Torn shoulder labrums are also referred to as glenoid labrum tears. This injury occurs as the result of a direct blow, sudden pull, violent overhead reach or falling on an extended arm. The labrum helps stabilize the entire shoulder. As a result of an injury to the labrum, you are likely to experience pain, loss of strength, instability, a decreased range of motion and locking of the shoulder joint. Mild tears can be treated conservatively. However, surgery is frequently used to treat torn shoulder labrums. Following surgery, a series of exercises can help restore function to your shoulder. Always consult your doctor before beginning exercises for a torn shoulder labrum.
An arm clasp will help restore flexibility to your shoulder after a labrum tear. Stand straight. Lock your fingers together behind your back. Slowly straighten your arms out and move your arms upward as far as possible. Once you have reached as high as you possibly can, hold this position for 20 seconds. Complete this exercise four times.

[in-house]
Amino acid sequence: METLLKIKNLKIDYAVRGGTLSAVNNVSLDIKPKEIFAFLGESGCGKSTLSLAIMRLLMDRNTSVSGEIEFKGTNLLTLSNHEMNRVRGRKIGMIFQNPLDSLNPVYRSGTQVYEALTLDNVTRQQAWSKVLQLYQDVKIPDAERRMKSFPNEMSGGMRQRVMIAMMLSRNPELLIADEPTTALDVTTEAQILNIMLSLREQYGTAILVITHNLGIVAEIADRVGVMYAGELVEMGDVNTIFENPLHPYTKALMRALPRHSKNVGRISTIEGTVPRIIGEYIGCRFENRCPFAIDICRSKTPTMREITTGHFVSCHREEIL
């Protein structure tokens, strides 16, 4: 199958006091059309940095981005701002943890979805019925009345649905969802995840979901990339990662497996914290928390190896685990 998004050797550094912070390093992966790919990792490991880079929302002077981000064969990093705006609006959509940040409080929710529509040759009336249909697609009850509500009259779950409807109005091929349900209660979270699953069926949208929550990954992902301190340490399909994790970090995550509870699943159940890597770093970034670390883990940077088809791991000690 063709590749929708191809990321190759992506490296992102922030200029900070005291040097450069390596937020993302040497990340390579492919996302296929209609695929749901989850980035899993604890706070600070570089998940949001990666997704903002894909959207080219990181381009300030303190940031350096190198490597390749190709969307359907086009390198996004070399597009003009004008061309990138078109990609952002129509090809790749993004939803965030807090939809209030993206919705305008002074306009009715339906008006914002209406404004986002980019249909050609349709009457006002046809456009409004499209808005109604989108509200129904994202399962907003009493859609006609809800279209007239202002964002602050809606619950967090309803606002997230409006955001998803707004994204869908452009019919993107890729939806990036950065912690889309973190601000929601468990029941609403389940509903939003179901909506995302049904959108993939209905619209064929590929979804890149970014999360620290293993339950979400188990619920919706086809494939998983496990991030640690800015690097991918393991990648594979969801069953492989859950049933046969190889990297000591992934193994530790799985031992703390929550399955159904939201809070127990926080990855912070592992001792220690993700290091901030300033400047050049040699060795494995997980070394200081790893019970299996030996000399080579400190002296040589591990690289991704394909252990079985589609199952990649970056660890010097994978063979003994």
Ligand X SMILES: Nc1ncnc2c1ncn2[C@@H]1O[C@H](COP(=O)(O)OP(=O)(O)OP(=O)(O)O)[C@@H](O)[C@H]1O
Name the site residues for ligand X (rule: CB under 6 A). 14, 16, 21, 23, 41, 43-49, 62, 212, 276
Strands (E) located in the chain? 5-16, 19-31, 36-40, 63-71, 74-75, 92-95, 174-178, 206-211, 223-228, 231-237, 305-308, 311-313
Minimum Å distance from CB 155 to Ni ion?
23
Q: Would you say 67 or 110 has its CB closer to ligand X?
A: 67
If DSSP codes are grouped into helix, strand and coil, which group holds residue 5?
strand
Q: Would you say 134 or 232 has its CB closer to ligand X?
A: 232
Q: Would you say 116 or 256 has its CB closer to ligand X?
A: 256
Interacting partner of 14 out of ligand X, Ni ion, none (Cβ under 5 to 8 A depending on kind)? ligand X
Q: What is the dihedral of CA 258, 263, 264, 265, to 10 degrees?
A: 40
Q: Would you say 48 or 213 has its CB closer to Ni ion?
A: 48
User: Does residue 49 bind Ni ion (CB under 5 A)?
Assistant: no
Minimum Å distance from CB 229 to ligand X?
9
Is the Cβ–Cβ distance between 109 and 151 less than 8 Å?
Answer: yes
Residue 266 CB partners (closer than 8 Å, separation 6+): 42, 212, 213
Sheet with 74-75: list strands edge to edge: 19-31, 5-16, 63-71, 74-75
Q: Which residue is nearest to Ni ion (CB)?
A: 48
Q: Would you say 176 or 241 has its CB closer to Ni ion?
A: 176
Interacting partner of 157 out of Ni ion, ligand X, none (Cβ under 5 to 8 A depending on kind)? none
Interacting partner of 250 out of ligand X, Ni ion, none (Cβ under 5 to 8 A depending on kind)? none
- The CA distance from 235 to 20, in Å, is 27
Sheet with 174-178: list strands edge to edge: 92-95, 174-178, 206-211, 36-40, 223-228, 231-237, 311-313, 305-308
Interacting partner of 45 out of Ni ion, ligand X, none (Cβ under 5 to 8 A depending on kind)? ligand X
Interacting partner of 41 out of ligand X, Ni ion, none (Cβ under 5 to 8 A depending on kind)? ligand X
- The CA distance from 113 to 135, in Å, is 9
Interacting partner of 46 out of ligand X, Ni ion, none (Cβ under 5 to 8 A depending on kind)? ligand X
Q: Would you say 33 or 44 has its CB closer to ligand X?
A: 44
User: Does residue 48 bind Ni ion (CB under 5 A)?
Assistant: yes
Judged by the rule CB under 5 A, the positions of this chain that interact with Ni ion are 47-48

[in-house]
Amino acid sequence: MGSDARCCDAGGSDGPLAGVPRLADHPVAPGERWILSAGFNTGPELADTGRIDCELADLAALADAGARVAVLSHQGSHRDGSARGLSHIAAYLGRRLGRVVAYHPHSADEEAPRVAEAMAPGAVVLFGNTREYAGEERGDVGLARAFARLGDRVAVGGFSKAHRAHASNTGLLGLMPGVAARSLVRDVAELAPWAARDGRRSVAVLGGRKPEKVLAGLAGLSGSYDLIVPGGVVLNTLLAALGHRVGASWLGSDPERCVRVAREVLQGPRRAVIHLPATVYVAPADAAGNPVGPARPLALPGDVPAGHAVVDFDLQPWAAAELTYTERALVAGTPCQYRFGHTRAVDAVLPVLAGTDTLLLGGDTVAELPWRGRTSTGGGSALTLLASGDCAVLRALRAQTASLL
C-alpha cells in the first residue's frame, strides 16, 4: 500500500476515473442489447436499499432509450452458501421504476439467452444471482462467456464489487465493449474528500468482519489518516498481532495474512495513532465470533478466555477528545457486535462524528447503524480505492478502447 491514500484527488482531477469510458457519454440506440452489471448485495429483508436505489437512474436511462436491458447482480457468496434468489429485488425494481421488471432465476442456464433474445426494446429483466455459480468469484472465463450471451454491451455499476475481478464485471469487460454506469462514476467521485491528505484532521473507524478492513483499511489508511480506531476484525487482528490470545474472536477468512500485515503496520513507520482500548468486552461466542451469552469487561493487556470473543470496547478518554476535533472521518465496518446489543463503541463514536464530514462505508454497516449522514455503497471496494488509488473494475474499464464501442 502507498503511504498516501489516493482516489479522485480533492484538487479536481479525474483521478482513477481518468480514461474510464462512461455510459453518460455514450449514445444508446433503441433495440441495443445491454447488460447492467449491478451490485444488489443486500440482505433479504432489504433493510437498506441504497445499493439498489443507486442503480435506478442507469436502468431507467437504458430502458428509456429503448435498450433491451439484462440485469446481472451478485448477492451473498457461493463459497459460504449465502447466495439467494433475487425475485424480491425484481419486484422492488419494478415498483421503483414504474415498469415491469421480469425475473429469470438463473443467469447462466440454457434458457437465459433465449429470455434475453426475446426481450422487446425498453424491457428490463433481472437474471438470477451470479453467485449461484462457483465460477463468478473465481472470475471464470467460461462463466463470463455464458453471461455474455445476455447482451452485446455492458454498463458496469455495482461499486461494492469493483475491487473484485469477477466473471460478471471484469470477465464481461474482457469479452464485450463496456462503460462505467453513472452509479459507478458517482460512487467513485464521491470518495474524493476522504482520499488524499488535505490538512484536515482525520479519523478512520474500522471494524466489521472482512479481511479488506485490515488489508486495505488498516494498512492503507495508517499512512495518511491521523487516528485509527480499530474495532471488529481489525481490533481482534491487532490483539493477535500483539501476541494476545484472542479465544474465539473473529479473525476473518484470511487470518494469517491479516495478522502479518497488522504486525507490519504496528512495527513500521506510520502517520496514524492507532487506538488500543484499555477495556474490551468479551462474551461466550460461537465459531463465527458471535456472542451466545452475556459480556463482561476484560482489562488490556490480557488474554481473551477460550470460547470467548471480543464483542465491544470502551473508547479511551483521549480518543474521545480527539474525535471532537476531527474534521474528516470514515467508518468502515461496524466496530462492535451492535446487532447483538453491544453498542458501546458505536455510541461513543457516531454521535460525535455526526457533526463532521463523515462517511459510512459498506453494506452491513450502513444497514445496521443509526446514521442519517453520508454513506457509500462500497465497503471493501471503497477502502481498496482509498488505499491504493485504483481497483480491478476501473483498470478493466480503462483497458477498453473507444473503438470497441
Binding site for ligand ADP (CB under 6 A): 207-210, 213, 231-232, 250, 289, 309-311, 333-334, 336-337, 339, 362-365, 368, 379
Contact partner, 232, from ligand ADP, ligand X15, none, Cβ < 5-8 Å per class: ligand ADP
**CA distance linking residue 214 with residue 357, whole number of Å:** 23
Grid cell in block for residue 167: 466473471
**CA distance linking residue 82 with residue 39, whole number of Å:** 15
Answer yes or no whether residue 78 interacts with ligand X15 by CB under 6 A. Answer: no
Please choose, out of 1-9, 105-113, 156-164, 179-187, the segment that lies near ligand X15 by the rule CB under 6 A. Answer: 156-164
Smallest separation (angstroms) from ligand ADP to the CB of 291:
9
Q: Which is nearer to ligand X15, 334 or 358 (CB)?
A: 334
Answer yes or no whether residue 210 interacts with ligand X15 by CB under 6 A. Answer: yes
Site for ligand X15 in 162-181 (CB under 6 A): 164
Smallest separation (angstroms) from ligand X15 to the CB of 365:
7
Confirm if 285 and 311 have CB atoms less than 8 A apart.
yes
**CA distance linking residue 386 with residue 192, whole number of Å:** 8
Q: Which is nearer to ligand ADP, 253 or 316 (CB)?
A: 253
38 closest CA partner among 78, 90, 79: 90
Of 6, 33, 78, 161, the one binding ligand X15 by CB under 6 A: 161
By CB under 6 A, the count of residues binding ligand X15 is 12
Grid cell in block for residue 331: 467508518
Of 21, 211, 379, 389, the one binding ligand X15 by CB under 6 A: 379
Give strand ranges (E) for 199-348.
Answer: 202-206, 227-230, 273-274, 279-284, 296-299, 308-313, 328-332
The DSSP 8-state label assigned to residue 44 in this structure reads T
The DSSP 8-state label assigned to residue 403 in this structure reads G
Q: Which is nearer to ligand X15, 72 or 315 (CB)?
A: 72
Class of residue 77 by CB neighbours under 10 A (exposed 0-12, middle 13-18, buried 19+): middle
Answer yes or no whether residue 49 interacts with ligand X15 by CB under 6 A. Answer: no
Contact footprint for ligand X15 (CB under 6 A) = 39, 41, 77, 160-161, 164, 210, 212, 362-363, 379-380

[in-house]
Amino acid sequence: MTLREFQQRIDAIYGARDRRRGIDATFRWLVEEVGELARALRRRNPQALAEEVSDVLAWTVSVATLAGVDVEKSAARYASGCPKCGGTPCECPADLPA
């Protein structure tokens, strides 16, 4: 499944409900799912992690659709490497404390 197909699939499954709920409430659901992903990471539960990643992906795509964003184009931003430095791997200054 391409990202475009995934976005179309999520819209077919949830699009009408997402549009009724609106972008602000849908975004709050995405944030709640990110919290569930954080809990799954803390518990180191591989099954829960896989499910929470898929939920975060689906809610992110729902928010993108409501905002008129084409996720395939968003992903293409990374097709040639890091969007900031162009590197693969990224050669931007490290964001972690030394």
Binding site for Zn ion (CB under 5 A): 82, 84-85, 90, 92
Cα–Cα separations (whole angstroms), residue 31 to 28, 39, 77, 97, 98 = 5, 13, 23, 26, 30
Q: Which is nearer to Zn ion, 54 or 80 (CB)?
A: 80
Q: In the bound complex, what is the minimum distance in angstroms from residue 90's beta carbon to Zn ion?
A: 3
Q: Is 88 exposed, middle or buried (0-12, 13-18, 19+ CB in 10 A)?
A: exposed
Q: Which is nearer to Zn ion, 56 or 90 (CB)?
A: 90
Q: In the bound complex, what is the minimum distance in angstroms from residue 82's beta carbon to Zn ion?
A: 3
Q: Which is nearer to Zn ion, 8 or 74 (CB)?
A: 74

Sit with your affected arm resting on a table. Your elbow should be bent with your forearm touching the table. Your elbow should remain stationary as your shoulder blades move downward and closer together. Slowly slide your forearm back and forth across the table. Complete one set of 10 repetitions.
Stand near a door or wall frame. Grab onto the frame. Straighten your arm as far as possible. Using your fingers, "walk" up the frame as high as you possibly can. Hold this position for a count of 10. Relax and repeat three times.
Sit in a chair. Your back should be straight with both hands resting on your legs. Take the arm of your affected shoulder and raise it straight up. Your elbow should be straight. Hold this position for a few seconds. Slowly lower your arm. Relax and repeat one set of 10 repetitions.